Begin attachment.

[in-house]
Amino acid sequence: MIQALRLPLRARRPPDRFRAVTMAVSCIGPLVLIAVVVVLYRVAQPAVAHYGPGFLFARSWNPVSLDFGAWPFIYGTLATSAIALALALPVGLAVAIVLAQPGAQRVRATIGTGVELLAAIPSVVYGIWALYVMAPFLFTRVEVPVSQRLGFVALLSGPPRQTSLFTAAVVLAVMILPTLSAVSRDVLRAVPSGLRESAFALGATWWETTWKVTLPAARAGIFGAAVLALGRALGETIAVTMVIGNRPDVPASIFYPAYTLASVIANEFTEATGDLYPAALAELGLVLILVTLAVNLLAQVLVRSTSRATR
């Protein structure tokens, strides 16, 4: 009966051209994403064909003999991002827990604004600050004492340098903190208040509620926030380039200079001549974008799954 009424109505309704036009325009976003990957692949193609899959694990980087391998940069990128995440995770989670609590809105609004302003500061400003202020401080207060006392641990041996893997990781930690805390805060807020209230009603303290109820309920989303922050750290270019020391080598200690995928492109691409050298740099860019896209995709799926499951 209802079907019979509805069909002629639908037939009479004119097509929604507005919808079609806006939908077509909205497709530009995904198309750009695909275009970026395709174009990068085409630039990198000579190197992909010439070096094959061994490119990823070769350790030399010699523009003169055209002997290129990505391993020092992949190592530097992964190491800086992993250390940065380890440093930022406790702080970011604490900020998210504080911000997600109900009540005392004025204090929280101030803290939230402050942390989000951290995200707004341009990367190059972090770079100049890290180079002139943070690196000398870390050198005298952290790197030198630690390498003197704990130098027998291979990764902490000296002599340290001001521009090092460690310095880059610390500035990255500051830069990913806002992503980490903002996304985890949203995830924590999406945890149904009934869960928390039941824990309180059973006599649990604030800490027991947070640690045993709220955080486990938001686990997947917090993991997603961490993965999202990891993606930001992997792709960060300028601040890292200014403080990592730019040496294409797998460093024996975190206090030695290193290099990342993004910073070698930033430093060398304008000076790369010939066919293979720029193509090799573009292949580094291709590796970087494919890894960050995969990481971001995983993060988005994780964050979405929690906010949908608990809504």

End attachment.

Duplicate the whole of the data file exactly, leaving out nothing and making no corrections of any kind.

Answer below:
[in-house]
Amino acid sequence: MIQALRLPLRARRPPDRFRAVTMAVSCIGPLVLIAVVVVLYRVAQPAVAHYGPGFLFARSWNPVSLDFGAWPFIYGTLATSAIALALALPVGLAVAIVLAQPGAQRVRATIGTGVELLAAIPSVVYGIWALYVMAPFLFTRVEVPVSQRLGFVALLSGPPRQTSLFTAAVVLAVMILPTLSAVSRDVLRAVPSGLRESAFALGATWWETTWKVTLPAARAGIFGAAVLALGRALGETIAVTMVIGNRPDVPASIFYPAYTLASVIANEFTEATGDLYPAALAELGLVLILVTLAVNLLAQVLVRSTSRATR
């Protein structure tokens, strides 16, 4: 009966051209994403064909003999991002827990604004600050004492340098903190208040509620926030380039200079001549974008799954 009424109505309704036009325009976003990957692949193609899959694990980087391998940069990128995440995770989670609590809105609004302003500061400003202020401080207060006392641990041996893997990781930690805390805060807020209230009603303290109820309920989303922050750290270019020391080598200690995928492109691409050298740099860019896209995709799926499951 209802079907019979509805069909002629639908037939009479004119097509929604507005919808079609806006939908077509909205497709530009995904198309750009695909275009970026395709174009990068085409630039990198000579190197992909010439070096094959061994490119990823070769350790030399010699523009003169055209002997290129990505391993020092992949190592530097992964190491800086992993250390940065380890440093930022406790702080970011604490900020998210504080911000997600109900009540005392004025204090929280101030803290939230402050942390989000951290995200707004341009990367190059972090770079100049890290180079002139943070690196000398870390050198005298952290790197030198630690390498003197704990130098027998291979990764902490000296002599340290001001521009090092460690310095880059610390500035990255500051830069990913806002992503980490903002996304985890949203995830924590999406945890149904009934869960928390039941824990309180059973006599649990604030800490027991947070640690045993709220955080486990938001686990997947917090993991997603961490993965999202990891993606930001992997792709960060300028601040890292200014403080990592730019040496294409797998460093024996975190206090030695290193290099990342993004910073070698930033430093060398304008000076790369010939066919293979720029193509090799573009292949580094291709590796970087494919890894960050995969990481971001995983993060988005994780964050979405929690906010949908608990809504």